Please do not attempt to go out and capture photography in inclement weather without taking time to prepare yourself and your gear for the conditions. Also, please do not do this without having taken several safety courses and as many precautions as you can against injury. High winds and tornadoes are nothing to fool around with.
Many people enjoy engaging in extreme activities. Things like bungee jumping, skydiving, cliff-climbing, and hang-gliding can all be great chances for photography as well as a way to get a real adrenaline rush. However, for some photographers, recreational activities are not enough. These photographers often join teams of storm chasers and spend many months out of the year chasing down thunderstorms and tornadoes in hopes of capturing images that are not only morbidly fascinating to look at but could also yield information that could improve early warning systems and construction methods to make it easier to survive in the wake of a massive tornado.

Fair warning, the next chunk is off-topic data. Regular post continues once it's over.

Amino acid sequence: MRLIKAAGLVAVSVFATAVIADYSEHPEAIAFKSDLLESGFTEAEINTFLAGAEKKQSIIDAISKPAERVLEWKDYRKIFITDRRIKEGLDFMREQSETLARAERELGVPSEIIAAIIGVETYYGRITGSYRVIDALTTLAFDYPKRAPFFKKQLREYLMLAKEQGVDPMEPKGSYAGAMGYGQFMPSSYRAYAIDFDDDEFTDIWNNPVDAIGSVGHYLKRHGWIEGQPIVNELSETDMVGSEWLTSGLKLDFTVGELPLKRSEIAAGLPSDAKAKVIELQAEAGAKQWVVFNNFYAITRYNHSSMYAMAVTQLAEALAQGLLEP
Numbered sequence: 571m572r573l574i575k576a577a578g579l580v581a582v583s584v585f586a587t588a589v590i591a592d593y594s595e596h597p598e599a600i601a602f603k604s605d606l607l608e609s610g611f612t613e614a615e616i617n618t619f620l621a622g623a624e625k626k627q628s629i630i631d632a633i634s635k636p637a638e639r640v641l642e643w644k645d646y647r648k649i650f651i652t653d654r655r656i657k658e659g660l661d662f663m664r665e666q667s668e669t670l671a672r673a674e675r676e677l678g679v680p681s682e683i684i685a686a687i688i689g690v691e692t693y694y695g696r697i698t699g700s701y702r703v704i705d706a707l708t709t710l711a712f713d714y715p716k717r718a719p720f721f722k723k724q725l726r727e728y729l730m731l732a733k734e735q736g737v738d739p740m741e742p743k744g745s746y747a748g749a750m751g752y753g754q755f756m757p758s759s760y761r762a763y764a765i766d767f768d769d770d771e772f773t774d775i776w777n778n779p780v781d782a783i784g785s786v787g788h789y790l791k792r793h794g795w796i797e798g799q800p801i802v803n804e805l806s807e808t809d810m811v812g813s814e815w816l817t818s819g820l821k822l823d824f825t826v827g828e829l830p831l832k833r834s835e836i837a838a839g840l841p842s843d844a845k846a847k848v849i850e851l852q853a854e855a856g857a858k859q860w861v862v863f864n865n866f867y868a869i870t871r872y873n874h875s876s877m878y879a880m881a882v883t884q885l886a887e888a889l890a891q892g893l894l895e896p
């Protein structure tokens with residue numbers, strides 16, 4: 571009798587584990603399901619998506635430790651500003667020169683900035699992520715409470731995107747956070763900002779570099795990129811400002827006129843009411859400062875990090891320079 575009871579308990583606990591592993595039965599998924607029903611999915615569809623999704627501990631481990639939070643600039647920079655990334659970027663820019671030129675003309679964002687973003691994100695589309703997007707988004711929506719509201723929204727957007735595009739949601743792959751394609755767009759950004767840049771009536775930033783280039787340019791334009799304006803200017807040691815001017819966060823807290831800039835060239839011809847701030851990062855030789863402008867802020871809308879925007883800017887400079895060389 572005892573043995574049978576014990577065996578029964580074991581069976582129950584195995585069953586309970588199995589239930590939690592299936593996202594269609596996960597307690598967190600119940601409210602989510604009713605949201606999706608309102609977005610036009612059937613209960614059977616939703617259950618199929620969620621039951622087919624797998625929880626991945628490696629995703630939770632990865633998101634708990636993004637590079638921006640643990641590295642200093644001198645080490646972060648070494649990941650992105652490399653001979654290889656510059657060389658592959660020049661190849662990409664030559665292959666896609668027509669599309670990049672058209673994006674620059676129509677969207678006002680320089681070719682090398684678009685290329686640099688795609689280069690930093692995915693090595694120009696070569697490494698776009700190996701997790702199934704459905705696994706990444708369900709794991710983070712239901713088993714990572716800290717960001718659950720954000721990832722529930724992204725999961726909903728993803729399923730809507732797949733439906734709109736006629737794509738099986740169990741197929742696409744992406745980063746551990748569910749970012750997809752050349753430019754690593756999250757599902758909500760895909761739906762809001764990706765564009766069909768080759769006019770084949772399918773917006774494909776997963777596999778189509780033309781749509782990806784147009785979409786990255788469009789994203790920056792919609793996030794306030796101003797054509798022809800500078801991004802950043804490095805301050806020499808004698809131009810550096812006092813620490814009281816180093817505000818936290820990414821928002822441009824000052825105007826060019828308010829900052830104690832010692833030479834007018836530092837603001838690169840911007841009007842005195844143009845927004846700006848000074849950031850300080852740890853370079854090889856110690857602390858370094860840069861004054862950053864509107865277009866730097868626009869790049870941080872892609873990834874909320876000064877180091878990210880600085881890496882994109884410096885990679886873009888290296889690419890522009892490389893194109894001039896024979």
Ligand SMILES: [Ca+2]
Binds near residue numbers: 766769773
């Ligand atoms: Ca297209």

The images that photographers with storm chasing teams capture are breath-taking. The images of the aftermath of a tornado, though, are often horrifying. The damage that tornadoes and thunderstorms can do to an area is devastating. However, the images and video captured can often help provide more information when added to weather balloons and scientific instruments launched that may, one day, lead to ways of better predicting where tornadoes will strike and what path they might take.
— da Bird
Photo by Zachary Caron